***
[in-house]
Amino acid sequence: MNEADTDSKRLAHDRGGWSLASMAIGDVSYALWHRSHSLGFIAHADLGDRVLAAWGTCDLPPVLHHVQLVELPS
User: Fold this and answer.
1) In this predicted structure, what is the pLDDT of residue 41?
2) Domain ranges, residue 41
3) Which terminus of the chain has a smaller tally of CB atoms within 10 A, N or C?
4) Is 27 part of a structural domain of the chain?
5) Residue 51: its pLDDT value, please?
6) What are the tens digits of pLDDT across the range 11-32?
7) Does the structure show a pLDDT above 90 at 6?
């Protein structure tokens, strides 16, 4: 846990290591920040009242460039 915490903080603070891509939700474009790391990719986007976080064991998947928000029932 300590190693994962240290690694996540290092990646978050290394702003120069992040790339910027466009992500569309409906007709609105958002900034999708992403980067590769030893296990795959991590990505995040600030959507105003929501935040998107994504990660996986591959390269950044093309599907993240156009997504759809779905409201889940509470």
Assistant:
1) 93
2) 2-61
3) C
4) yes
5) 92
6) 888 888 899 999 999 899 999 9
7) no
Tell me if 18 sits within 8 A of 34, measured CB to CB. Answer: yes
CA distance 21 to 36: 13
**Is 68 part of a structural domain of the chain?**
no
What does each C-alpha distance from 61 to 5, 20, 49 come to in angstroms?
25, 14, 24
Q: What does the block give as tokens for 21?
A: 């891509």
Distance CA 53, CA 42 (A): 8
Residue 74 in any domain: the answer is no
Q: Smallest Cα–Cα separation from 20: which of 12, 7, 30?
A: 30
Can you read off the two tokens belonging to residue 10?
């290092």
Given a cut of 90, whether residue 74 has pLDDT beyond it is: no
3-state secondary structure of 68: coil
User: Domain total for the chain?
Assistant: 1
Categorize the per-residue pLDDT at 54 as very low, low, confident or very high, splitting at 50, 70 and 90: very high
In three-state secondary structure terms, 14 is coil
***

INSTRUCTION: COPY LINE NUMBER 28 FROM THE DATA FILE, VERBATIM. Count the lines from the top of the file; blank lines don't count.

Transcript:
Distance CA 53, CA 42 (A): 8